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I have a Debian server running on some hardware from ca 2004, and the real time clock is running too fast. I have set it to run ntpdate every hour, so the clock is mostly correct, but this seems kinda like a hack.

AFAIK there are a couple of reasons it could run wrong. The first is that the CMOS battery is old. But the server is always on, so I don't see why this should have any effect. The server is in a really warm room, but it's running fine, so I don't think this is the reason.

If the battery is old, can I change it without turning the server off (Hot-swappable battery)?

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Changing CMOS battery with the Machine powered on - No

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Indeed. That sounds like asking for trouble. Besides, it's not the battery that determines the pace of the clock. Have a look here. – oKtosiTe Dec 2 '10 at 18:01

As oKtosiTe said Crystal Oscillator is the thing that can get less accurate after long time. Theoretically data lines carring these clock impulses can be broken and they can lost majority of signals, but I've never seen it in real.

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Can it be done? Yes it can. Risk vs reward of static electric shock can ruin more than a 3 dollar battery causing major problems in main boards, traces in the boards etc.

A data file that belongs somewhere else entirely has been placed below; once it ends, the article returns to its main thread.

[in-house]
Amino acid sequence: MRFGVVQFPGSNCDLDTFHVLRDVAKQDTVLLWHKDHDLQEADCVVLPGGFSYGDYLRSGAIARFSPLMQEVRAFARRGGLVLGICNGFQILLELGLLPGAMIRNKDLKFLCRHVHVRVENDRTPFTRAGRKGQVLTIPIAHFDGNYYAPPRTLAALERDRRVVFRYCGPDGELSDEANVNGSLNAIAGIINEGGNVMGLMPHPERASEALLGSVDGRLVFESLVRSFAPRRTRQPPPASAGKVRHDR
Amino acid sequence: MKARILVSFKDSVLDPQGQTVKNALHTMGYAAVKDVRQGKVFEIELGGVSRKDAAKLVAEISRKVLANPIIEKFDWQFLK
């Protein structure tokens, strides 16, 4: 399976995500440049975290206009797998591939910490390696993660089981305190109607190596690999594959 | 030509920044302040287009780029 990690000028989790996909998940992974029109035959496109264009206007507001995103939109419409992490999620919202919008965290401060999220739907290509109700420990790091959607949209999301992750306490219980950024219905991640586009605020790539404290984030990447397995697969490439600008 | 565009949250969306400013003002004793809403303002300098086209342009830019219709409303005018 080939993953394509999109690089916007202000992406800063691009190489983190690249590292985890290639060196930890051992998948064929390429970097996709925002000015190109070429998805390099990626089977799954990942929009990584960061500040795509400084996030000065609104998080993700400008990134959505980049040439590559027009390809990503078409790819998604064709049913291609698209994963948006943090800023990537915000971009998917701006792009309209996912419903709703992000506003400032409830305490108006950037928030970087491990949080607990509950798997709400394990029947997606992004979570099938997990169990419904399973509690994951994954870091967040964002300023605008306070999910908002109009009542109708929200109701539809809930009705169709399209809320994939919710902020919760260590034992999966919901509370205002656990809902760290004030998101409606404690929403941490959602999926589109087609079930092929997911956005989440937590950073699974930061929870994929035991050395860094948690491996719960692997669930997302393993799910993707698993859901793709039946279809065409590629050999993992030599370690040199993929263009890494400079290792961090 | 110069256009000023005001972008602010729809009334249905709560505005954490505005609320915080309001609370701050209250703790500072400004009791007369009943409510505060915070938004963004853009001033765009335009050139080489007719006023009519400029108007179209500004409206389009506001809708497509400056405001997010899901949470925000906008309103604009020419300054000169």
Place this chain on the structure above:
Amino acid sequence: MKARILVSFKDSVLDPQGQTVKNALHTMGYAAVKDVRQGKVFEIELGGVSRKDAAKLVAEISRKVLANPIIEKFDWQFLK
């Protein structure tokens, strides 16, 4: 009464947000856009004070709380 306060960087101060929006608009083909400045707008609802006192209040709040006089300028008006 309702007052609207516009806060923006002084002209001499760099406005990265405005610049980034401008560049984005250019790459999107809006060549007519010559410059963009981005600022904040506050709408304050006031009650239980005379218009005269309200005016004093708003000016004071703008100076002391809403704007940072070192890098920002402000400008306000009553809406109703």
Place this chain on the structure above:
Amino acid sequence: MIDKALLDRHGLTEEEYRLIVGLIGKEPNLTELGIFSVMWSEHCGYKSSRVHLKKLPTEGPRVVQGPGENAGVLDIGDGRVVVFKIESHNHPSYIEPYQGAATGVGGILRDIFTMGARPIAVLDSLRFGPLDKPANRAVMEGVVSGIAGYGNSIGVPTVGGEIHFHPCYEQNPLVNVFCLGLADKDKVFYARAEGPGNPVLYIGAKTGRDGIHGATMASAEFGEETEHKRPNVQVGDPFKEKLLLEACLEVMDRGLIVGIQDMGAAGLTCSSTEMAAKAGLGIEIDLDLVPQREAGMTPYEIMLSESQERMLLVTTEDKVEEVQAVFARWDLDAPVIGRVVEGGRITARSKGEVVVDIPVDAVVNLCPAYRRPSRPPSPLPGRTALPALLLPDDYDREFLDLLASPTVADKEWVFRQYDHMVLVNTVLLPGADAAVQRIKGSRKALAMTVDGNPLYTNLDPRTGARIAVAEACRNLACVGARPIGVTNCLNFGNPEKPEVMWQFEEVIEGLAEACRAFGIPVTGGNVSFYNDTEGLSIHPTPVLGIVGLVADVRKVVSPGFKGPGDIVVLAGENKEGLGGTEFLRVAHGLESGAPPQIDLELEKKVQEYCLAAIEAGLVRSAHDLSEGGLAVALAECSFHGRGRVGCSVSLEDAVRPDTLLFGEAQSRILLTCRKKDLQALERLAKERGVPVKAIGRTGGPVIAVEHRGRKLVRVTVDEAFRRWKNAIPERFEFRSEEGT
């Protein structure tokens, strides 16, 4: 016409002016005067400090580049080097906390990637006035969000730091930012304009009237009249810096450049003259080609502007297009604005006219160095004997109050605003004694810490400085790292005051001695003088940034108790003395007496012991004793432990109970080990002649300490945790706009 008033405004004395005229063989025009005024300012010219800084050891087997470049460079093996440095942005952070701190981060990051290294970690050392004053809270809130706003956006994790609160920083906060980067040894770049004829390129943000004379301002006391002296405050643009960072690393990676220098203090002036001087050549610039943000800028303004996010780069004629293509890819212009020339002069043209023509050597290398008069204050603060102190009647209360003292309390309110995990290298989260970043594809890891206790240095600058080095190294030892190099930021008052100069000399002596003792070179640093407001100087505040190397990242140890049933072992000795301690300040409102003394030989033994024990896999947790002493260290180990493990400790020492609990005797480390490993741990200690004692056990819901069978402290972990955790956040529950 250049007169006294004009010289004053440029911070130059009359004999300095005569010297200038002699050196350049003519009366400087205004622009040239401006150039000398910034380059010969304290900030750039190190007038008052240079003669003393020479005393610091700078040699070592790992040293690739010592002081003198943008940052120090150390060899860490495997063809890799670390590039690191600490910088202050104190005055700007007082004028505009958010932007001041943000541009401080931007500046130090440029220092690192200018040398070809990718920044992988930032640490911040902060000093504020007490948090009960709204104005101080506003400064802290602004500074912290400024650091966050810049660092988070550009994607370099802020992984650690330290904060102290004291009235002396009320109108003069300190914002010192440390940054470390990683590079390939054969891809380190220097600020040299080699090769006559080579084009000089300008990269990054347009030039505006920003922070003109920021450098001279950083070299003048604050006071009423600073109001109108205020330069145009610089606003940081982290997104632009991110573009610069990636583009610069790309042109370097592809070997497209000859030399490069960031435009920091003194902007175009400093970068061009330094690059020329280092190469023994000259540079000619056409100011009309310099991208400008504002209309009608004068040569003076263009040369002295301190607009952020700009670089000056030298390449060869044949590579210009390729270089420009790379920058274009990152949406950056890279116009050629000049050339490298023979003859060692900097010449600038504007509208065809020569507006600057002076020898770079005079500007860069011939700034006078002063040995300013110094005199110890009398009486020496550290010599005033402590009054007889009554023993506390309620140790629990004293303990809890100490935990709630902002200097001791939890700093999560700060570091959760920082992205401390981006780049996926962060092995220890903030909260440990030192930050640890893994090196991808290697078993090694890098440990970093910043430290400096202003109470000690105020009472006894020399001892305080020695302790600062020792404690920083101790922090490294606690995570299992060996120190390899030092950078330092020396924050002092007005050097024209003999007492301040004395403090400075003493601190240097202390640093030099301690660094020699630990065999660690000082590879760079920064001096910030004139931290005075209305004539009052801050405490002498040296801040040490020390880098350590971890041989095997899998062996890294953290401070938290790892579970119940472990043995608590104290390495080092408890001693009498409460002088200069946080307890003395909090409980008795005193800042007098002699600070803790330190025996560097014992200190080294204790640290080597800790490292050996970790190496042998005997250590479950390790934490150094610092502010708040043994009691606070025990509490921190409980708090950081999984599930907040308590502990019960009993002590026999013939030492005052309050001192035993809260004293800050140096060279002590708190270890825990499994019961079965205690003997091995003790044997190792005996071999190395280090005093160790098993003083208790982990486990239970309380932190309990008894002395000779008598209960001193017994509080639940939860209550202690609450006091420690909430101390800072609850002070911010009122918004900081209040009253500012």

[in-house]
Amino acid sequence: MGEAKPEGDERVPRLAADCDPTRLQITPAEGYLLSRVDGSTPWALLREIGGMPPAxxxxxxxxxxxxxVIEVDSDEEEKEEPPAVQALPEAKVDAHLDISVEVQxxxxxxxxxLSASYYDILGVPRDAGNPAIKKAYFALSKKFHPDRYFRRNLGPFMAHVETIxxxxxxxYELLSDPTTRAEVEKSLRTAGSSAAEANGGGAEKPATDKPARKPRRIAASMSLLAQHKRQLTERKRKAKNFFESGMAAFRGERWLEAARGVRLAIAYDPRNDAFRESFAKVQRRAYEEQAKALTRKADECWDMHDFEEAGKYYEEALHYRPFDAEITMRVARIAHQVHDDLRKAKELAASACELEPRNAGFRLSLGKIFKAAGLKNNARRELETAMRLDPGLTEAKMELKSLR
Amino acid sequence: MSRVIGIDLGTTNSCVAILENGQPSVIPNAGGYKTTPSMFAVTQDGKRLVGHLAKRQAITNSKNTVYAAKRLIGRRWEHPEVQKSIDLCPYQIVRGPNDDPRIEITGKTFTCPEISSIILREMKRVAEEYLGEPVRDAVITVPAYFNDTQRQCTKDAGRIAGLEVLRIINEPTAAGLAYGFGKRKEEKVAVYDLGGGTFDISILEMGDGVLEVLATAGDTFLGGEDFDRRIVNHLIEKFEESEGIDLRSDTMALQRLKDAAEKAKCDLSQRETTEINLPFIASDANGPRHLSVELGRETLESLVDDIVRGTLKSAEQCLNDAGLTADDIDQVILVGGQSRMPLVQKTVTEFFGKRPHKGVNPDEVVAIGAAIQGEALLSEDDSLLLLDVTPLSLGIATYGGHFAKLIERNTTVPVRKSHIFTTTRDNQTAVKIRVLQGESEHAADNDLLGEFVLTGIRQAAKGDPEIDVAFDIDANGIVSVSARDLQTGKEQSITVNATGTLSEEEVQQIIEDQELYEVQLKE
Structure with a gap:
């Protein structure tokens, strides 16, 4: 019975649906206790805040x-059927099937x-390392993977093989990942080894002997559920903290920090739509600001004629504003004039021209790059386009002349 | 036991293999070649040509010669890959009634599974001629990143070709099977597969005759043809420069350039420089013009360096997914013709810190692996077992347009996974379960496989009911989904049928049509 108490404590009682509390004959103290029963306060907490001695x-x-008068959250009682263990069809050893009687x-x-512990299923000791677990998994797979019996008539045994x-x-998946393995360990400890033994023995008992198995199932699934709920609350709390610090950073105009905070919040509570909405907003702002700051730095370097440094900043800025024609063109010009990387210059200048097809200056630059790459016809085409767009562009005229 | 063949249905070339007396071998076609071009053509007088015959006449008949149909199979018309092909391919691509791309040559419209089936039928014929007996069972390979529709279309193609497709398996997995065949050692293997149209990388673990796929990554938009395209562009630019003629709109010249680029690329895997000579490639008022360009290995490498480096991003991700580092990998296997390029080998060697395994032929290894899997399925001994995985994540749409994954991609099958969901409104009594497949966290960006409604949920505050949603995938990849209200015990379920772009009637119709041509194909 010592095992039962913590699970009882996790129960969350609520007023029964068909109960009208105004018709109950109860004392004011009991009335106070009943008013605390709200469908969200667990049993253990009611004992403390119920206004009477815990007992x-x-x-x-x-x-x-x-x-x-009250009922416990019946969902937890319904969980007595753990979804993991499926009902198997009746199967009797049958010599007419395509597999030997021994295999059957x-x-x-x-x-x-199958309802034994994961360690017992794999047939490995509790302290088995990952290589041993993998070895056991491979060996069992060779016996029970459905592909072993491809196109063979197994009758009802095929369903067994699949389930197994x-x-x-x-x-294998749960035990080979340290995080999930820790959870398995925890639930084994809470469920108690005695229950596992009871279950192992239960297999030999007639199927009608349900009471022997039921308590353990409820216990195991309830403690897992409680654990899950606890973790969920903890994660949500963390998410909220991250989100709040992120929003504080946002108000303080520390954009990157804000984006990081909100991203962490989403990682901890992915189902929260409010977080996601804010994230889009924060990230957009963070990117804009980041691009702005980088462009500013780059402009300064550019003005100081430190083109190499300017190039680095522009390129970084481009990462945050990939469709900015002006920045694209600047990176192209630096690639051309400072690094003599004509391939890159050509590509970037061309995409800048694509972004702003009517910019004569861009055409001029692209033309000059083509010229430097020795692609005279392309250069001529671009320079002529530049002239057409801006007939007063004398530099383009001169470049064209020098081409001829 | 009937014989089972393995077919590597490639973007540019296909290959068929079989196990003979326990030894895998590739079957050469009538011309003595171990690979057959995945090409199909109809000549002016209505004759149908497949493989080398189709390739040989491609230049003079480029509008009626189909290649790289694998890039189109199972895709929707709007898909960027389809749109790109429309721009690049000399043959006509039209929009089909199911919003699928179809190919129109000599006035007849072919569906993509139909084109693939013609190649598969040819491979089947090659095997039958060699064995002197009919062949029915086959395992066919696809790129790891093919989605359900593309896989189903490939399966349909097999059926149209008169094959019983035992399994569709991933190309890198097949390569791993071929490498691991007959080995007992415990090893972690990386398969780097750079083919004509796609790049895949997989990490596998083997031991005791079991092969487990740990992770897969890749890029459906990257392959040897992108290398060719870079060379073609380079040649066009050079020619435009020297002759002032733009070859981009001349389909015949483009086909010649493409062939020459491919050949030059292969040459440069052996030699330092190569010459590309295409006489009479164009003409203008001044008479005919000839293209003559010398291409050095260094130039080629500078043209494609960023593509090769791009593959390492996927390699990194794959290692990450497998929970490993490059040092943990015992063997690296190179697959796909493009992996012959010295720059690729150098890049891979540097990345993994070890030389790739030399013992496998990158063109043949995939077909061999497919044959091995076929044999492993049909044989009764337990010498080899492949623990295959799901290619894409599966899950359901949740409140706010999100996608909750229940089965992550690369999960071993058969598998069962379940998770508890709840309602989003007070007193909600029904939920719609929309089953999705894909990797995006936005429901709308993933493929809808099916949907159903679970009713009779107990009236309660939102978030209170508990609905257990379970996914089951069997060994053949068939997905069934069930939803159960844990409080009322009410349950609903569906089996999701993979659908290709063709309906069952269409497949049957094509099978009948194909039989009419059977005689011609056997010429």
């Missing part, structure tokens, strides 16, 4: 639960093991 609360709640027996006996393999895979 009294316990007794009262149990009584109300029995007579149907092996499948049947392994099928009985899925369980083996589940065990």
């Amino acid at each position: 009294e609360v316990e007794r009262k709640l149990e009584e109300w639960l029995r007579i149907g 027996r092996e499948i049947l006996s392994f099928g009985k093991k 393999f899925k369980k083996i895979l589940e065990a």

I have done it under the gun on rack servers. CMOS batteries are even nowadays made to be able to hot swap because of time and advancement of bleeding edge technology. Can it be done? Yes. Should it be? Probably not.

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What's wrong with running ntpd in the background? Something like ntpd is really the only way to keep a clock in synch without some extra hardware, as far as I know.

You can use this in your /etc/ntp.conf file:


and get an NTP server that's perfectly willing to help you keep time.

But just to confirm your experience, I bought a cheapo "bare" PC in 2001, and ran it pretty much around the clock for the next 10 years. I did replace the CMOS battery once during its lifetime, which improved its clock's accuracy somewhat, but the clock gradually got worse and worse over time. I was regularly restarting ntpd the last year of its life, when ntpd decided it couldn't get back in synch and just up and quit.

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